• Trish Mason Meaney

    I am the mother of the groom. I live on SSI, with a rent that is 59% of my income. So, obviously I cannot make any financial contribution. My son is going to pay for the rehearsal dinner and they are having it at the brides parents house. This is going to be very awkward for me. I have never met them, and have only met the bride once. They met and decided to get married after only 4 months of dating. My son knows her family well. I live 2 hours from him, but feel that he should include me more. Now to get to the guest list. He never asked me if I wanted to invite anybody. I have 4 sisters and 3 brothers that I have not seen or talked to in over 8 years. Long story short, they got together behind my back and stabbed me. My son does not really know them at all either. He decided that he was going to invite all of them to his wedding. This really hurt me and makes it so I don’t even want to go to his wedding. I told him I would rather have him invite his cousins (my siblings children) and he doesn’t care.It would be a large burden to have the cousins because with spouses there would be 44 people. They are having a total of 150 guests. I think he only wants to invite my siblings so that he will have some family there. Otherwise he would only have me, his brother, his niece and nephew and his friends.. I don’t know what to do. I really, really don’t want to go with my siblings there. The wedding is in September, I have no money for a dress, or to stay in a hotel. So, with all of this I feel I will end up making a scene by crying or getting really angry at his wedding. Not going is obviously not an option unless I want to lose my son. Any suggestions? I am stressed to the max over the whole thing.

  • Joyce Beverly

    I hope this situation has improved. It was definitely one of the more challenging scenarios imaginable. A reception later, particularly following a civil service, is a common solution. I hope that you were able to save some of your $40,000, even after the losses you experienced due to the cancellation. I’m all for you and your husband taking a nice vacay from this. :-)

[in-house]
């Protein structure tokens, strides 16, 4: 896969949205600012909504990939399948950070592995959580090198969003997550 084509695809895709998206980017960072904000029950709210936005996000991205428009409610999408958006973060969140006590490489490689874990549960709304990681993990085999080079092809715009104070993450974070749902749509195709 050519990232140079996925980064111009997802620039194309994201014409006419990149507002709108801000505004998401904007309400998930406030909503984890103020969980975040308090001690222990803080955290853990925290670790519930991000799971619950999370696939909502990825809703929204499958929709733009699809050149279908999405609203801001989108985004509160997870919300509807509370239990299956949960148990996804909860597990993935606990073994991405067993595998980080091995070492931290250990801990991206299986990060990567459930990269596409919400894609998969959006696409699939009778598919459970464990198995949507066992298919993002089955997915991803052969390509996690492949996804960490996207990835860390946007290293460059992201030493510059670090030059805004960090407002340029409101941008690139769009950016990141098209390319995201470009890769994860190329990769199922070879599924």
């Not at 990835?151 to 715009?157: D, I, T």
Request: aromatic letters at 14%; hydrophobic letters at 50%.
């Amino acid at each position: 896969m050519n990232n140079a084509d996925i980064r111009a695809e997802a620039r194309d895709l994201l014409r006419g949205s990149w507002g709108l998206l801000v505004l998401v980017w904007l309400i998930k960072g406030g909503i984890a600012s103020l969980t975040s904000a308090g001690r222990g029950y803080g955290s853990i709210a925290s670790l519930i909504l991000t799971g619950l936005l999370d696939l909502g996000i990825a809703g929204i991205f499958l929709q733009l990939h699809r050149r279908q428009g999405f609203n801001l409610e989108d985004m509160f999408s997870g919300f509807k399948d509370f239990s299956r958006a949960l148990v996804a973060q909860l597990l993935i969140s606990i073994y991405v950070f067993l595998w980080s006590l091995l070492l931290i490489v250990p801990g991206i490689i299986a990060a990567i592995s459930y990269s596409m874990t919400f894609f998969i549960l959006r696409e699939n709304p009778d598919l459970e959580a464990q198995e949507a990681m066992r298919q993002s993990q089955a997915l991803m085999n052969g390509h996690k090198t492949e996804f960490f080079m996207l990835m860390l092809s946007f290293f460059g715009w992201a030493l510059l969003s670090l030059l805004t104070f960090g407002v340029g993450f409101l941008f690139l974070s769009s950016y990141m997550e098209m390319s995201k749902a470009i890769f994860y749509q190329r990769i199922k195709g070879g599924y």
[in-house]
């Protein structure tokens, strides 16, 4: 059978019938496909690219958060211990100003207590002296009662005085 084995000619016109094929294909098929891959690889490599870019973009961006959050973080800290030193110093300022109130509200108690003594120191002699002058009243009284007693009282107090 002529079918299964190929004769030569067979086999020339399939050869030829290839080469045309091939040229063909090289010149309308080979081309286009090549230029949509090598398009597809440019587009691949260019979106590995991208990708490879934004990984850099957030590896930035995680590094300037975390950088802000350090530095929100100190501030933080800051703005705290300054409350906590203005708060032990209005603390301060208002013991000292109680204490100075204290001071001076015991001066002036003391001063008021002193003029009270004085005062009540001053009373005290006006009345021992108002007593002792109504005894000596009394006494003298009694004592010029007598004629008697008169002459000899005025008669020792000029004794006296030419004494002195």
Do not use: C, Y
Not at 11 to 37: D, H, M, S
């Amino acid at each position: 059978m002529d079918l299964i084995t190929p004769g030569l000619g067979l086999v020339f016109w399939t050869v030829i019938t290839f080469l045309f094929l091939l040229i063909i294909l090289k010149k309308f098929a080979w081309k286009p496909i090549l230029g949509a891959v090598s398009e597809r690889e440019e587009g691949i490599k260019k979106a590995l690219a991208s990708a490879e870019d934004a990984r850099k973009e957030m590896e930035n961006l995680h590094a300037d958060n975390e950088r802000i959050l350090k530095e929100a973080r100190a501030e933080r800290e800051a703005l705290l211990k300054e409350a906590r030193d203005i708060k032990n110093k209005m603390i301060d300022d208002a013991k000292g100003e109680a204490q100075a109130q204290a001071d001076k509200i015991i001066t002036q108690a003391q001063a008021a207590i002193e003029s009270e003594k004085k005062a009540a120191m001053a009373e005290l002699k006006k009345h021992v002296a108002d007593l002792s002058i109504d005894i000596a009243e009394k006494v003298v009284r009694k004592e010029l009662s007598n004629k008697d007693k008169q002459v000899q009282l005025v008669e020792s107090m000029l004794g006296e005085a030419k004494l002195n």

• Joyce Beverly

    John, there is no question that the guest list is one of the most difficult aspects of a wedding to manage, for brides, grooms, moms — everybody! There are no easy answers, unfortunately. My advice, though, is to continue to make difficult cuts to the list. As hard as it is to think about hurting the feelings of family and friends, keep in mind that you are beginning a very important, rest-of-your-life relationship with your in-laws. Difficult beginnings take a while to get over and can affect all of you for years.

    I’m so sorry for how this is affecting you and your mom. You may not be able to change the situation, but you can help your mom by finding some time to spend with her. Just because. I promise you as moms of sons get older, time with you becomes truly precious. You have many things to do as you prepare for the wedding and of course your priority now and in the future is to your bride. A short visit, coffee, dinner (or just a phone call if you are not nearby) will mean so much to your mom right now. And you may find it helps you too.